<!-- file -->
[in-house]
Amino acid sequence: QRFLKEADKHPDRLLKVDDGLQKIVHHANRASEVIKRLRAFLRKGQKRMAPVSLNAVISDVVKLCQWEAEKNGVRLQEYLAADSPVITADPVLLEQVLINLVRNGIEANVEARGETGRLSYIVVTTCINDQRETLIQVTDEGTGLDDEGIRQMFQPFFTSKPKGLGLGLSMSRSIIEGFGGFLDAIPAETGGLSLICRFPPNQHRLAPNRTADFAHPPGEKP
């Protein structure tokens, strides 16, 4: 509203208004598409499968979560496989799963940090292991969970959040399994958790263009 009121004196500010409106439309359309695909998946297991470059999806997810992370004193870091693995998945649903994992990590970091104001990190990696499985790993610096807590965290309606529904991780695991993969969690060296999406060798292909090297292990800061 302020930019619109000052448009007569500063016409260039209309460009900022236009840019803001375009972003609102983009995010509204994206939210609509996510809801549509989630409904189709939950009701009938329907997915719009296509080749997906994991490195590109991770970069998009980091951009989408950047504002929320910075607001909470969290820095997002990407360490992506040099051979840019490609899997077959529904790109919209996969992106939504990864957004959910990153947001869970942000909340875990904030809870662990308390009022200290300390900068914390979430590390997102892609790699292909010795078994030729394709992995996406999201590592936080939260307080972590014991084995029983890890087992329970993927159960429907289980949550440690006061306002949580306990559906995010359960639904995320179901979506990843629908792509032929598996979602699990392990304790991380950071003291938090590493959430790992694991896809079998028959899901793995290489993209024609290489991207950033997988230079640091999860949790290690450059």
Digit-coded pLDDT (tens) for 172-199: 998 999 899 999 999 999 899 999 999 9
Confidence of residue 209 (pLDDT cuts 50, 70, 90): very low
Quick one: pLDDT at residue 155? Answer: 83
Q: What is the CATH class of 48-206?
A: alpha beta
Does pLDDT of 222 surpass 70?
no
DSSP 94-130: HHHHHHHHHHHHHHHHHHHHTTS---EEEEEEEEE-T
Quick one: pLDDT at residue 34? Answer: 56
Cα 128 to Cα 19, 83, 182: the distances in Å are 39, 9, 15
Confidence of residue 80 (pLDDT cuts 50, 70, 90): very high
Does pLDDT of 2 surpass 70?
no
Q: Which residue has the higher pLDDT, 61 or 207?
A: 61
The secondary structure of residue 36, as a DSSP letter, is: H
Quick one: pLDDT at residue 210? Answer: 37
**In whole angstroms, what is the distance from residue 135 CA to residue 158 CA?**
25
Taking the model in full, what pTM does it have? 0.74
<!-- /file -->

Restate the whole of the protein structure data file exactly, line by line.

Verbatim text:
[in-house]
Amino acid sequence: QRFLKEADKHPDRLLKVDDGLQKIVHHANRASEVIKRLRAFLRKGQKRMAPVSLNAVISDVVKLCQWEAEKNGVRLQEYLAADSPVITADPVLLEQVLINLVRNGIEANVEARGETGRLSYIVVTTCINDQRETLIQVTDEGTGLDDEGIRQMFQPFFTSKPKGLGLGLSMSRSIIEGFGGFLDAIPAETGGLSLICRFPPNQHRLAPNRTADFAHPPGEKP
């Protein structure tokens, strides 16, 4: 509203208004598409499968979560496989799963940090292991969970959040399994958790263009 009121004196500010409106439309359309695909998946297991470059999806997810992370004193870091693995998945649903994992990590970091104001990190990696499985790993610096807590965290309606529904991780695991993969969690060296999406060798292909090297292990800061 302020930019619109000052448009007569500063016409260039209309460009900022236009840019803001375009972003609102983009995010509204994206939210609509996510809801549509989630409904189709939950009701009938329907997915719009296509080749997906994991490195590109991770970069998009980091951009989408950047504002929320910075607001909470969290820095997002990407360490992506040099051979840019490609899997077959529904790109919209996969992106939504990864957004959910990153947001869970942000909340875990904030809870662990308390009022200290300390900068914390979430590390997102892609790699292909010795078994030729394709992995996406999201590592936080939260307080972590014991084995029983890890087992329970993927159960429907289980949550440690006061306002949580306990559906995010359960639904995320179901979506990843629908792509032929598996979602699990392990304790991380950071003291938090590493959430790992694991896809079998028959899901793995290489993209024609290489991207950033997988230079640091999860949790290690450059």
Digit-coded pLDDT (tens) for 172-199: 998 999 899 999 999 999 899 999 999 9
Confidence of residue 209 (pLDDT cuts 50, 70, 90): very low
Quick one: pLDDT at residue 155? Answer: 83
Q: What is the CATH class of 48-206?
A: alpha beta
Does pLDDT of 222 surpass 70?
no
DSSP 94-130: HHHHHHHHHHHHHHHHHHHHTTS---EEEEEEEEE-T
Quick one: pLDDT at residue 34? Answer: 56
Cα 128 to Cα 19, 83, 182: the distances in Å are 39, 9, 15
Confidence of residue 80 (pLDDT cuts 50, 70, 90): very high
Does pLDDT of 2 surpass 70?
no
Q: Which residue has the higher pLDDT, 61 or 207?
A: 61
The secondary structure of residue 36, as a DSSP letter, is: H
Quick one: pLDDT at residue 210? Answer: 37
**In whole angstroms, what is the distance from residue 135 CA to residue 158 CA?**
25
Taking the model in full, what pTM does it have? 0.74